Pinot Wine Project

My partner Greg and I have been part of a local wine making project, in which we individually de-stalk grapes for a special vintage. The project is the brainchild of Max from Anim Wine, a small family business that makes wine in tiny volumes.

The method involves cutting the grapes and pedicel (green jack) from the main stem. It is an incredibly labour-intensive task. The photos of Greg and me at work give an idea of the process. The method is based on several ideas: the promotion of ‘stem’ character without the green stem, intracellular fermentation, completely intact berries that don’t macerate rapidly, unique ferment kinetics, unique extraction of tannin, and so forth.

The goal is to cut enough grapes for a barrel of wine (minimum 300kg). The fermentation occurs with no additions and no pumps. Once pressed, the wine is aged in oak, again with no additions, until ready for bottling. At this point, those wishing to secure and bottle some of the wine ‘unsulphured’ can do so, with the remaining wine receiving a nominal amount prior to racking and bottling. The fruit source is pinot from Clarence House vineyard, which has recently transitioned to organic management.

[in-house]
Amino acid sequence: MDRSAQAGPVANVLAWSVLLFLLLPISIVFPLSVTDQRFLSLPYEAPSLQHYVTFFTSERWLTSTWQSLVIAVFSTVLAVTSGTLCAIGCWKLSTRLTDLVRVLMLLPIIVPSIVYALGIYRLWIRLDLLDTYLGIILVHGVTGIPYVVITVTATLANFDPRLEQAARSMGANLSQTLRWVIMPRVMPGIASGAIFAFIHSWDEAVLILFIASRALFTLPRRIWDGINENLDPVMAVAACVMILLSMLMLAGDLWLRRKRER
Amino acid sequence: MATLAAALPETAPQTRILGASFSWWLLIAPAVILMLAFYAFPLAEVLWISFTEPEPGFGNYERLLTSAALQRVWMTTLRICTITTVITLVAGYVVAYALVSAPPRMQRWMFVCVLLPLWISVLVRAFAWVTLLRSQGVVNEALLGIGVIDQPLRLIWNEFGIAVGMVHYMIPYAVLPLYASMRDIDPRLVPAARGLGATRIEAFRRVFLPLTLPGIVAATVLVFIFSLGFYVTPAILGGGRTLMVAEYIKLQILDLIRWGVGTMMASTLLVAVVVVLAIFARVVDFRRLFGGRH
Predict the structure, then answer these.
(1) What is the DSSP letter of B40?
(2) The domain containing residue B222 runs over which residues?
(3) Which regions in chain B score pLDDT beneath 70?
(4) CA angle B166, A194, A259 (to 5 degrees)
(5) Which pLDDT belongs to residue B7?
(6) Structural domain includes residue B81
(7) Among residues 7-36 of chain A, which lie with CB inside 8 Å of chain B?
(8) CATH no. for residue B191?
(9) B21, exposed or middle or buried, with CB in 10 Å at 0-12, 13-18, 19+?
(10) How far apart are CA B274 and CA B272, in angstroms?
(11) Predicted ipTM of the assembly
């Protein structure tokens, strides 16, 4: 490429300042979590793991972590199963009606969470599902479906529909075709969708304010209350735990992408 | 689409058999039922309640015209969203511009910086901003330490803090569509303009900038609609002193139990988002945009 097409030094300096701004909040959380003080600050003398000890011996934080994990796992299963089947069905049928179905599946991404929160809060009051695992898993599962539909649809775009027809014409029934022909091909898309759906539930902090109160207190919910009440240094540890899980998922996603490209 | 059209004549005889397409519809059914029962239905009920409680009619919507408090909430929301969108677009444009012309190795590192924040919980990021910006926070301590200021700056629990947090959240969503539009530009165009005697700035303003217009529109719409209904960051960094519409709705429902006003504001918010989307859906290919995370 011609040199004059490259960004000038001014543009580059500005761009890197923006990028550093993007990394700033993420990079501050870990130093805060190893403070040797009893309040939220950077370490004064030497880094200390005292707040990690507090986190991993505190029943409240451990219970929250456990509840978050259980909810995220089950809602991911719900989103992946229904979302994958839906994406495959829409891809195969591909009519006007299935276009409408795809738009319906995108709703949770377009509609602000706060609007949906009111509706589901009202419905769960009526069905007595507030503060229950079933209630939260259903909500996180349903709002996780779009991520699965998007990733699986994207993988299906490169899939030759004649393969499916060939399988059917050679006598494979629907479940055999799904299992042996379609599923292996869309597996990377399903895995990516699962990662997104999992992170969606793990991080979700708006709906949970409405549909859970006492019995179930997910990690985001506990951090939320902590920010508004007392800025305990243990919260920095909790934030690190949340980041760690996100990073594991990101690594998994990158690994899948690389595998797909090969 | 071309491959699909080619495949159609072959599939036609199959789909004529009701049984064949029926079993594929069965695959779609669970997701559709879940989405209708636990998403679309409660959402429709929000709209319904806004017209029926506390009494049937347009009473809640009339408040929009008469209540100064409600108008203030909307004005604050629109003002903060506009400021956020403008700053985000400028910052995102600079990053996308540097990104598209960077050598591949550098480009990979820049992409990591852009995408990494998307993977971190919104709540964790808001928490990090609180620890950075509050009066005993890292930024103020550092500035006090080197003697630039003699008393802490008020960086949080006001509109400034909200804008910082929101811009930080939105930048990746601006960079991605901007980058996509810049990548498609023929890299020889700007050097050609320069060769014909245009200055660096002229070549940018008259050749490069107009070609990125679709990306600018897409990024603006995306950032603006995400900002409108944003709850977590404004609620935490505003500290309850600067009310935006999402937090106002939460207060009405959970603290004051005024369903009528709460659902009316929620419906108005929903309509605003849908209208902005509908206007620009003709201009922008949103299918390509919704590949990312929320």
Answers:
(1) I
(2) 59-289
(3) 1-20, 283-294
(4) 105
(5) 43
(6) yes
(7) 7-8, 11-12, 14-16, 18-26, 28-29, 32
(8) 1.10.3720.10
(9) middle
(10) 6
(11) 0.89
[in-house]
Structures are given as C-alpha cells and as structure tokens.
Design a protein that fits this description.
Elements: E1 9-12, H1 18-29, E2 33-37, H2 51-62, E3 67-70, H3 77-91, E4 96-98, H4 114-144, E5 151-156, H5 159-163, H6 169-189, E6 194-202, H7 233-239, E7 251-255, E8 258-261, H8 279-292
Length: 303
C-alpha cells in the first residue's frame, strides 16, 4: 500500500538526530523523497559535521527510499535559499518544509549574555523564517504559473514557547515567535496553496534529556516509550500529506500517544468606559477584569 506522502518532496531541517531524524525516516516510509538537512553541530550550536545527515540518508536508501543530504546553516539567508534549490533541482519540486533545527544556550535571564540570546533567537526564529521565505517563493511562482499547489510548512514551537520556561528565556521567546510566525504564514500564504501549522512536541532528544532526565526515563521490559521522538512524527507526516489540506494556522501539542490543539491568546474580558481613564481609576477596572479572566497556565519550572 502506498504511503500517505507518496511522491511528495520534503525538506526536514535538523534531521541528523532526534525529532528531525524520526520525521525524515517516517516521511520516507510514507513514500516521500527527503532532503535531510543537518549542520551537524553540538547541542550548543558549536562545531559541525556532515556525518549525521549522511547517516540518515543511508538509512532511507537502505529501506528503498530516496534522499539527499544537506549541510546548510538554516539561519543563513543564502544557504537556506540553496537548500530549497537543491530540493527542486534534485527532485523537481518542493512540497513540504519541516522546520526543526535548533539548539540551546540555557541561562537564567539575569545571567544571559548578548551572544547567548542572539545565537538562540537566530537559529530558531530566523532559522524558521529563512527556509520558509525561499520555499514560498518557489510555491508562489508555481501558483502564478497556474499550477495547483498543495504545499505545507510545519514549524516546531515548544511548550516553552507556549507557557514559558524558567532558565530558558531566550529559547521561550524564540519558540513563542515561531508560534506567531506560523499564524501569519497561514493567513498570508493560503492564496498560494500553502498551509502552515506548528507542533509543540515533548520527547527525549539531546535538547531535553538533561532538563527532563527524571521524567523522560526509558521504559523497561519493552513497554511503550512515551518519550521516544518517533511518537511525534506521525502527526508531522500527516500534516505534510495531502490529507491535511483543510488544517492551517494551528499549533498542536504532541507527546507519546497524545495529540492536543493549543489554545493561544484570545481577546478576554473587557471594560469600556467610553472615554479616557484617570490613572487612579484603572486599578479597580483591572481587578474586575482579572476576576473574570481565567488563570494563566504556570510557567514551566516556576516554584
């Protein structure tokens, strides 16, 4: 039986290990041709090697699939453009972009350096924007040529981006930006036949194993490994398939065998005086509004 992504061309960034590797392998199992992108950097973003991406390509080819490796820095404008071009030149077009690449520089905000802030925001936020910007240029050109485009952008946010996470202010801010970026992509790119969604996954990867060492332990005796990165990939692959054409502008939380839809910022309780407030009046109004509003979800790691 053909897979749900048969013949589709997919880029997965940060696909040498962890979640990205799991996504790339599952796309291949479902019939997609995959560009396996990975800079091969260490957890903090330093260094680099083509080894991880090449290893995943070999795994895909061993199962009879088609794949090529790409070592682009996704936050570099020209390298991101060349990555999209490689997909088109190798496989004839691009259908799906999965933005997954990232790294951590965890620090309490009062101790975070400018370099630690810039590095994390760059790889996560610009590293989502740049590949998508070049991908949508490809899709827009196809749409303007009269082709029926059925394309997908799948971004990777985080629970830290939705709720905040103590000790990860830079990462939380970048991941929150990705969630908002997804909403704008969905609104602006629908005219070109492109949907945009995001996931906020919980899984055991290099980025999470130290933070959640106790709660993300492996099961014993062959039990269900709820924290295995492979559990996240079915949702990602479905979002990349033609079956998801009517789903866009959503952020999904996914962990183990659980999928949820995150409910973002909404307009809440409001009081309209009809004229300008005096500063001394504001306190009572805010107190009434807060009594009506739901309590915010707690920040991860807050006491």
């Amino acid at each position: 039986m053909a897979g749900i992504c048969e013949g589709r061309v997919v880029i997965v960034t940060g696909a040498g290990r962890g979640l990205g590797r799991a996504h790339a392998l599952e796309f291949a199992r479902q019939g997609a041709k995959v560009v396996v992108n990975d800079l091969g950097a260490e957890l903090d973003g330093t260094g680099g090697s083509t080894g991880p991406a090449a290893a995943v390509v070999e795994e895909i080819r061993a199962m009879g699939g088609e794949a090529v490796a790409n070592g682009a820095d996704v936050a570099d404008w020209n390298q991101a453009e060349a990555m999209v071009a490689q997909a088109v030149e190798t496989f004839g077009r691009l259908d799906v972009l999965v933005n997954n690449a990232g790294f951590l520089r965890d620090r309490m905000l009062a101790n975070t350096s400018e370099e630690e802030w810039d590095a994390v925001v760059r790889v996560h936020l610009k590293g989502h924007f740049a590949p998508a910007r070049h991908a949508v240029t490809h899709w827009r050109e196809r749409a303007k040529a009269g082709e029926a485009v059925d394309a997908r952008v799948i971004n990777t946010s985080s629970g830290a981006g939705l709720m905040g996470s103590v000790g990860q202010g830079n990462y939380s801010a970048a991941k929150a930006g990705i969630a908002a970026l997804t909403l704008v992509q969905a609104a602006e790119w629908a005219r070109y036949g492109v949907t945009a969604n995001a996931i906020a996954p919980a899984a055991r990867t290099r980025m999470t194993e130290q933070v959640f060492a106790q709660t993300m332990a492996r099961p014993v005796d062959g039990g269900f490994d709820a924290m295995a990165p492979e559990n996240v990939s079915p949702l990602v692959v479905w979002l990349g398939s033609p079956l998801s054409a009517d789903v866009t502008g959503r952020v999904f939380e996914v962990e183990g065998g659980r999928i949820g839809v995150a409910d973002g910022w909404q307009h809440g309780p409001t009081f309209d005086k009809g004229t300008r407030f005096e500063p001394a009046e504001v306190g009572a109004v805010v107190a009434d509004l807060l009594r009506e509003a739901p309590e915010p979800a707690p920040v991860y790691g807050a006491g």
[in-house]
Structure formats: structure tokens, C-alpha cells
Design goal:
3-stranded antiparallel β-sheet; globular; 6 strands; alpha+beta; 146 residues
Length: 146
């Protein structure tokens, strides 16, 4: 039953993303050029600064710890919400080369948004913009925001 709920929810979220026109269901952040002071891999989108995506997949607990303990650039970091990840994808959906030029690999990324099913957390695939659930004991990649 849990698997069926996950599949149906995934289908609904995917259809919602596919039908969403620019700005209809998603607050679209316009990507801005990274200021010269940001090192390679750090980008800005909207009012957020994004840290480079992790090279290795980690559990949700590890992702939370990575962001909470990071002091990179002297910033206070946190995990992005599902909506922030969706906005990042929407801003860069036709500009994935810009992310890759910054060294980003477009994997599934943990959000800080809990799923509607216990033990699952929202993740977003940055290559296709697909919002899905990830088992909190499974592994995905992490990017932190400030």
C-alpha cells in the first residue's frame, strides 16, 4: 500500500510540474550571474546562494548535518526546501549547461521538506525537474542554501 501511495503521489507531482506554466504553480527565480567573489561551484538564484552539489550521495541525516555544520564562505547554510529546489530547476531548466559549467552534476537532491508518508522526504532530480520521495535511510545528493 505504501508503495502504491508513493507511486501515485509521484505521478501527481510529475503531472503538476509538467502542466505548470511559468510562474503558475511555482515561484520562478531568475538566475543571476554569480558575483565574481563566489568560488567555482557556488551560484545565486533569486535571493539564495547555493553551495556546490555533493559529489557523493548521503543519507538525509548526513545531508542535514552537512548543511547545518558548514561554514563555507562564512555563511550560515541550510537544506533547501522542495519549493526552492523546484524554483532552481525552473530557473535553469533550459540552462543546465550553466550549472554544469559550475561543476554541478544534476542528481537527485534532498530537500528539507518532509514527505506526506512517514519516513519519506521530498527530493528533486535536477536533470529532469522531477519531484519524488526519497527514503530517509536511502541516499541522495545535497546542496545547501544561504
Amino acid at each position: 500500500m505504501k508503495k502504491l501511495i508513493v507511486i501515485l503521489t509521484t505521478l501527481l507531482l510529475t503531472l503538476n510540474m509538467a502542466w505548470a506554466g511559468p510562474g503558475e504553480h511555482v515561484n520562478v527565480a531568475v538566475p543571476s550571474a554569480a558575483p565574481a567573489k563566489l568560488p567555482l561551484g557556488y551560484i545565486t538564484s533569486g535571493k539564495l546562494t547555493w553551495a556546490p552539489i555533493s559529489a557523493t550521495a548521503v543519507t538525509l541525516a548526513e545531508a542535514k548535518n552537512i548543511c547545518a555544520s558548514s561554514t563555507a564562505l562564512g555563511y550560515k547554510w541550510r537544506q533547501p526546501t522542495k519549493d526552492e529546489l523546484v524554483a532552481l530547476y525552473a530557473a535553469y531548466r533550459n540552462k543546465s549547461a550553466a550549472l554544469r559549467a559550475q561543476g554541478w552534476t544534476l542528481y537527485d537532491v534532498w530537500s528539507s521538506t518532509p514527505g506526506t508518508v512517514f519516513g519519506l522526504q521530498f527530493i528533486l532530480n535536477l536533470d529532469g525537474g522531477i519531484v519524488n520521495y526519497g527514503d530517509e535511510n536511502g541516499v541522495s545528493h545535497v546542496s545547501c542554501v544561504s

We ‘sweatshop’ workers are rewarded with a small amount of wine, with the remainder to be sold in and around Hobart. This is in keeping with the ‘hundred mile’ concept, which supports local food production and consumption.